No listing for Ireland on the site.... though maybe we come under Germany now??
The UK is the fifth free-est place on the internet, according to a thinktank report. Of those countries assessed, only Estonia, the USA, Germany and Australia offered more internet freeness than Britain. According to the rating system developed by NGO Freedom House, which counts former HP chief and unsuccessful would-be …
And about to get a lot worse. We'll be in the same section as Iran and Saudi Arabia when Conroy's censor boxes come online. They'll no doubt have a bit of ACTA love thrown in too.
Can't wait to see what happens when the NBN is finished and Conroy and his rabid Christian mates from the ACL have their grubby hands on the switch.
Clever/worthy people say that someone is bad and give them a black mark. The receiver of this regards it as a badge of honour and works hard to upgrade it.
Places that restrict their slaves access to the internet will see this as a recognition that they are doing an effective job. Places like the UK will see that there is room for more restrictions since "we are not as bad as XXXX ".
I think not. I don't like or agree with some of the content on the internet. However, if we are to be free we should allow it all through. There are people with religious, cultural, political views that I find abhorrent, some of the sexual predilictions of others also disgust me. However I would prefer that these things were not censored than the heavy hand of the state spies on everything we do.
Do you actually know anything about how much government control of the internet there is in the US? Or are your knees just jerking because you heard something about this copywrite thing somewhere? (Which would be a bit rich coming from a (presumed) Brit, who hasn't got the right to put his own CDs on an MP3 player.)
Last time I checked, the only major idiot government jackbooting regarding the net here is its attack on gambling sites. We had one local nobody who tried and failed to put the kibosh (legally, anyway) on Craigslist... Aside from that, we don't have some unaccountable organization 'protecting' us from kiddie porn, we don't have absurdly onerous libel laws, and we -do- have protection of speech codified at the highest level of government - protection which has been used to repeatedly smack down the censorship you probably read about as it was proposed by some local wackjob - but never noticed being blocked and struck down immediaely thereafter.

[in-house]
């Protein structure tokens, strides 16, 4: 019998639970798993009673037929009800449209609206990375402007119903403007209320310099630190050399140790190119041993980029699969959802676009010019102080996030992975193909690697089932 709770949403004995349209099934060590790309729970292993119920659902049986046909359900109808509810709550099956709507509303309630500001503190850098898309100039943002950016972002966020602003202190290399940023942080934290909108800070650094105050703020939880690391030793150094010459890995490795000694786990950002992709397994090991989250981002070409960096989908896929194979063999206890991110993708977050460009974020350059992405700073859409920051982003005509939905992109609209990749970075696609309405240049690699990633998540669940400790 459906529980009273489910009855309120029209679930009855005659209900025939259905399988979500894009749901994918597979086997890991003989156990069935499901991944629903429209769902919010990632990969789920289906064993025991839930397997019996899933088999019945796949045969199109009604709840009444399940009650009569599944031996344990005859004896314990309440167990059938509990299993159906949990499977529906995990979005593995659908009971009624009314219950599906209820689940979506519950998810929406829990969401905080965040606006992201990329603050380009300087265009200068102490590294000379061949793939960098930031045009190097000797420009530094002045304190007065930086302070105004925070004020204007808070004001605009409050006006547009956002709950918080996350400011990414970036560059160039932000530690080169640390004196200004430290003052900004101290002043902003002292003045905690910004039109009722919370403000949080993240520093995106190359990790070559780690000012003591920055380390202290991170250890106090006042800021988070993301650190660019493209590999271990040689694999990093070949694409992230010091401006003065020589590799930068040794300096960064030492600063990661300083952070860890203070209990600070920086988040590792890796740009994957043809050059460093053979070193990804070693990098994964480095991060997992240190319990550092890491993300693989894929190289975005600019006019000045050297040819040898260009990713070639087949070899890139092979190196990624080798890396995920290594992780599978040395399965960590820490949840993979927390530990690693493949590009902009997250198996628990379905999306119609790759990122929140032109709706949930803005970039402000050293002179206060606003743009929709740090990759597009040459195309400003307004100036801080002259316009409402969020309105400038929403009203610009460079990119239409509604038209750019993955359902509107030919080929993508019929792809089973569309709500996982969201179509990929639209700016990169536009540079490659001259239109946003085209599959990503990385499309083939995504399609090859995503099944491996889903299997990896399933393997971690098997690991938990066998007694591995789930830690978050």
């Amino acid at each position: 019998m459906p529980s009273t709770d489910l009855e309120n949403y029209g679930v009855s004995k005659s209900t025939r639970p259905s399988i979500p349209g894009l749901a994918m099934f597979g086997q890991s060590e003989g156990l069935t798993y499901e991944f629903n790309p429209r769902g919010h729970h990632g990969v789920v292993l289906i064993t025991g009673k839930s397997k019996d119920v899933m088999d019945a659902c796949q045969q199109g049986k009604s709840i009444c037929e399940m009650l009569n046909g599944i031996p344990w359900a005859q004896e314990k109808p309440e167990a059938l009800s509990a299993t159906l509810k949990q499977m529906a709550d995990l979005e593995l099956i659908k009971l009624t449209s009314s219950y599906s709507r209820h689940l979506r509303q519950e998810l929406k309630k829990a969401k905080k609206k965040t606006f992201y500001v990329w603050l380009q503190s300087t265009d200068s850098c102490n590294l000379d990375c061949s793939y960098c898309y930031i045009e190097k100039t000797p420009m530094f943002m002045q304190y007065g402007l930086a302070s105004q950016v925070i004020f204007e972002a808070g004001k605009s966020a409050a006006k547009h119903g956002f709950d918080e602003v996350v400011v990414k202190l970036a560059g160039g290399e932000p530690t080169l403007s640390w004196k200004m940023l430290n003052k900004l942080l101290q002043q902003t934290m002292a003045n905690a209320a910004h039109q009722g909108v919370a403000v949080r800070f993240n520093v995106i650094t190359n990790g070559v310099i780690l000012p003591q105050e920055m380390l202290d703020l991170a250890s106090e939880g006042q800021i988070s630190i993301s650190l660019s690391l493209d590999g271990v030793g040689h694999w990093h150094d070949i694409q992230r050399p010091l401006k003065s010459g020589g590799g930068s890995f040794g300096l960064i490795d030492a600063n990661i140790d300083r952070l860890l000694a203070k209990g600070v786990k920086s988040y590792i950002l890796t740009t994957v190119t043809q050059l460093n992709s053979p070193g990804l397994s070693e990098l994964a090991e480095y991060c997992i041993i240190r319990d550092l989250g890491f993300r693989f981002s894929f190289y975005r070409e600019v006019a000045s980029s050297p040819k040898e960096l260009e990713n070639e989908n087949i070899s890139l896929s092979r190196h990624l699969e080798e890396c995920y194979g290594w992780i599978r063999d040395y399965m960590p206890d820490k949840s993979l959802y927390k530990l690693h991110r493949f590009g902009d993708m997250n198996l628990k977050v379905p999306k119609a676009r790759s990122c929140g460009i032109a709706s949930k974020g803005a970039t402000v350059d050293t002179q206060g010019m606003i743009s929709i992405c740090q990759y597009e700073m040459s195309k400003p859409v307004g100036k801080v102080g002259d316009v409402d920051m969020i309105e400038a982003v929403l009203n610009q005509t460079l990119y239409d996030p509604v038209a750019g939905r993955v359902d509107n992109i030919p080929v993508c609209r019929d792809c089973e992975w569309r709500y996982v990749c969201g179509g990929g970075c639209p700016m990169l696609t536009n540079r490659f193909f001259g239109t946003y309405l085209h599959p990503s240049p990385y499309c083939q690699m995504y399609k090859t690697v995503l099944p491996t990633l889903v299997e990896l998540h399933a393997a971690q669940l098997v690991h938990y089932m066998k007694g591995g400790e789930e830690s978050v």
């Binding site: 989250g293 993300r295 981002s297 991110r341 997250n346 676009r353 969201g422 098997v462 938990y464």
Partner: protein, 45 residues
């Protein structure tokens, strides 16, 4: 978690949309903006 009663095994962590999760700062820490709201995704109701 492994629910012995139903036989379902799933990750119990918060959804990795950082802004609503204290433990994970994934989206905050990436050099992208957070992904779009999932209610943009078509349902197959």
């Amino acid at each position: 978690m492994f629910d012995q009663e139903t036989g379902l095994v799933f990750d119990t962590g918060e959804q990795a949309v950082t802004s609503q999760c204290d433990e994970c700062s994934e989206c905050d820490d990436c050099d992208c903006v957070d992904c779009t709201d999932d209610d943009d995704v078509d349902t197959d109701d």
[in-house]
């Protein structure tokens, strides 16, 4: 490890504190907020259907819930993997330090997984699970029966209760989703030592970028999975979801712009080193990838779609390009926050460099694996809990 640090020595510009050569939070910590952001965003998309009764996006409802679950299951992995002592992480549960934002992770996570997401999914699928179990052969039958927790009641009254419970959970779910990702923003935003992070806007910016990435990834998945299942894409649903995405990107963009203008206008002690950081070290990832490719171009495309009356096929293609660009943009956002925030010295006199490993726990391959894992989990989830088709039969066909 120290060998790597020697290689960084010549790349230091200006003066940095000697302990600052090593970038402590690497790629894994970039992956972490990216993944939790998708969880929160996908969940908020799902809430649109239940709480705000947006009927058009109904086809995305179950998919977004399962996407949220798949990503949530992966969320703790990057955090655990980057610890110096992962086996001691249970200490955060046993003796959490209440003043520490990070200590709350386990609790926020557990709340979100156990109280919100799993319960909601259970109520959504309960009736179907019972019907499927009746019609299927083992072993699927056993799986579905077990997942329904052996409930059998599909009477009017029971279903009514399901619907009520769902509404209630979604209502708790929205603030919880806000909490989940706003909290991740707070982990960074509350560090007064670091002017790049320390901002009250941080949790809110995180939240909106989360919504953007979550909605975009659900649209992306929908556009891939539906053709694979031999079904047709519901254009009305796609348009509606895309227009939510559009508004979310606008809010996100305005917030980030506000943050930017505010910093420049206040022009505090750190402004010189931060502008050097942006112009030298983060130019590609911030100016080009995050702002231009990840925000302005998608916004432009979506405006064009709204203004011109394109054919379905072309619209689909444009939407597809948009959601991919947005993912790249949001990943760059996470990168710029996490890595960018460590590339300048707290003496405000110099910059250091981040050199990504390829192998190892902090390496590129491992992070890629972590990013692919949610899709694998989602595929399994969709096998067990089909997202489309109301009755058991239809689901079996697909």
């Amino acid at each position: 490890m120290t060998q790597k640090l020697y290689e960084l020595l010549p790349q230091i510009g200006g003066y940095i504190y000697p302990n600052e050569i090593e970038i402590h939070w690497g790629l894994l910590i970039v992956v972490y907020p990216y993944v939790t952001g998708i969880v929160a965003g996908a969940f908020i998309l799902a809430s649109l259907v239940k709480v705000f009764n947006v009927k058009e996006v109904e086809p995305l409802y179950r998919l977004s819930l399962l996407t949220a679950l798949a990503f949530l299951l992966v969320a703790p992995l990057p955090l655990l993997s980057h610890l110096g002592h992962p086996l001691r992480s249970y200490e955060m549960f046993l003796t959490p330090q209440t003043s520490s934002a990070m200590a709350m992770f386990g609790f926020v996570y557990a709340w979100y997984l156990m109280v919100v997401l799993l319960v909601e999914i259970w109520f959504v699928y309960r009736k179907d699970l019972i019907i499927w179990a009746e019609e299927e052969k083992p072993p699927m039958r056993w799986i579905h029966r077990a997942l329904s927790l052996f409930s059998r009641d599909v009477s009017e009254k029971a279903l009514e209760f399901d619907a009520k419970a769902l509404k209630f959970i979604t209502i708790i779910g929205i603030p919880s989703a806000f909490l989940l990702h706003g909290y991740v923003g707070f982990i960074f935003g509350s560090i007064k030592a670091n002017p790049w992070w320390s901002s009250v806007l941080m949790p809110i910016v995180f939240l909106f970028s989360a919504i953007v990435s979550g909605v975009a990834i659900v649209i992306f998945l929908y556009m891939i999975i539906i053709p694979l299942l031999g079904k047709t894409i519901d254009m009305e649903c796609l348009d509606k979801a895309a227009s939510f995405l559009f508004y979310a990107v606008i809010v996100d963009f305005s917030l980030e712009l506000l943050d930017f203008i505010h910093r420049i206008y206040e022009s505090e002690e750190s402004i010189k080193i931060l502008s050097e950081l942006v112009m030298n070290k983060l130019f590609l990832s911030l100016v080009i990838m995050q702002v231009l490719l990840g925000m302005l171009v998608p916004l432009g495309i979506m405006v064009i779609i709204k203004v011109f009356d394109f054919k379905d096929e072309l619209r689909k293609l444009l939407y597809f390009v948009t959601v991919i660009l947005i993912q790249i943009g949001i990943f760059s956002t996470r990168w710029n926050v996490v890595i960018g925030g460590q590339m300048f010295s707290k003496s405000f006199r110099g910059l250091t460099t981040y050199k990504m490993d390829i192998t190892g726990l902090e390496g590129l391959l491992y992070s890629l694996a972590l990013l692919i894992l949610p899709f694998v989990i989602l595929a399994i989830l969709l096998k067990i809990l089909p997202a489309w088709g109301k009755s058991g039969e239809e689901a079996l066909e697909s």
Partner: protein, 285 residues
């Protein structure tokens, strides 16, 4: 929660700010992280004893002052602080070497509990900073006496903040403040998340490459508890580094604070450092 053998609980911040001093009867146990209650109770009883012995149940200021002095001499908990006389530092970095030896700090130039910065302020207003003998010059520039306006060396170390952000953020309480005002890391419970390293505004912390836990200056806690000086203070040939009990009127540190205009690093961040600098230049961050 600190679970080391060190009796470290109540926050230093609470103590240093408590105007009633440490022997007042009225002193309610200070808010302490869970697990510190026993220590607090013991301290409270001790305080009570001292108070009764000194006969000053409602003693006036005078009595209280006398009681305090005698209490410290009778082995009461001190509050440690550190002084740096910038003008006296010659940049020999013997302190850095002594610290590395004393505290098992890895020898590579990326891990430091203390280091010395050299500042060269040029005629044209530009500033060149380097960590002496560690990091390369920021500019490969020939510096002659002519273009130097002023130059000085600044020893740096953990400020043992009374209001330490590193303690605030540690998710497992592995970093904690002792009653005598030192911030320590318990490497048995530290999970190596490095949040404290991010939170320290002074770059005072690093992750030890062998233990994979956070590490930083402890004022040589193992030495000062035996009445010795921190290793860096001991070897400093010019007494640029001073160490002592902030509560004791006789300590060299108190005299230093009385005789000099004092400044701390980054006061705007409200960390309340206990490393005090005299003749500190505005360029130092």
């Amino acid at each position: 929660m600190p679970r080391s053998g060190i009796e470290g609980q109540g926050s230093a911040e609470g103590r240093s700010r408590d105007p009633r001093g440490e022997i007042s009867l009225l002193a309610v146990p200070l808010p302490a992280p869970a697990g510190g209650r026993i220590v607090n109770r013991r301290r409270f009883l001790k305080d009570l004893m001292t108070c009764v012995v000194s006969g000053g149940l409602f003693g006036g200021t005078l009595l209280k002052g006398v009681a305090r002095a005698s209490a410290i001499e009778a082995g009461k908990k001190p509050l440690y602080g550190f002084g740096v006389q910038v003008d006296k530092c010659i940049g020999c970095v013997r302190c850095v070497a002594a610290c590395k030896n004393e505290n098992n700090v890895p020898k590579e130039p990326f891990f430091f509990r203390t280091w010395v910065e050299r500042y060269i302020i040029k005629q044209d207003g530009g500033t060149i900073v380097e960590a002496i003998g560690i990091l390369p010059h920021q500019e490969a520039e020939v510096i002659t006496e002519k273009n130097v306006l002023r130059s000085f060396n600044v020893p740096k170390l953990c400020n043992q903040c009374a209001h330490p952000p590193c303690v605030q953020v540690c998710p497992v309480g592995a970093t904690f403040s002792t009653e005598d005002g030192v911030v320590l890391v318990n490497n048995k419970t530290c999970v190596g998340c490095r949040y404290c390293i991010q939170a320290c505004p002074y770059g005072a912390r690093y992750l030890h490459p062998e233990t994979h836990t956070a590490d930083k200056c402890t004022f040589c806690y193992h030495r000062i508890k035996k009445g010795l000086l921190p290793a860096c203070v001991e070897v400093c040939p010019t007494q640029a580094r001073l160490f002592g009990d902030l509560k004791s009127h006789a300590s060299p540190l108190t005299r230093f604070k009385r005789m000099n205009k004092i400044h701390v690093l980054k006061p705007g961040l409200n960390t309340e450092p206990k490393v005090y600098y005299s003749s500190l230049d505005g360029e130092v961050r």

I realize that it's trendy among Reg readers to attack the US as the epitome of autocratic oppression, but it just ain't so. Perhaps in your next post you should consider the facts before you come out with the oh-so-convincing 'BWAHAHAHA'.
I'm wondering if oz did as well as it did because some of the worst stuff is still I the 'proposal' stage, and because a bunch of it (book / media / video game censorship) -affects- net freedom but isn't exclusive to the net. So, oz's general lack of freedom imnpinges on net freedom as a byproduct, but there isn't as much directed -spefically- at the net.
I'm not an expert on the situation there, though.
"Fifth free-est nation on the internet" could also mean that, of the nations which are on the internet, the UK is the fifth free-est in general. Or it could also mean that several nations, each free-er than the last, got on the internet one after another, and the UK was the fifth one.
It actually seems like your intended usage is the least plausible.
The report's criteria for freedom is "Cyber attacks, politically-motivated censorship, and government control over internet infrastructure", apparently, but what about CORPORATE-motivated censorship and control, which seems to be a far bigger problem for the West.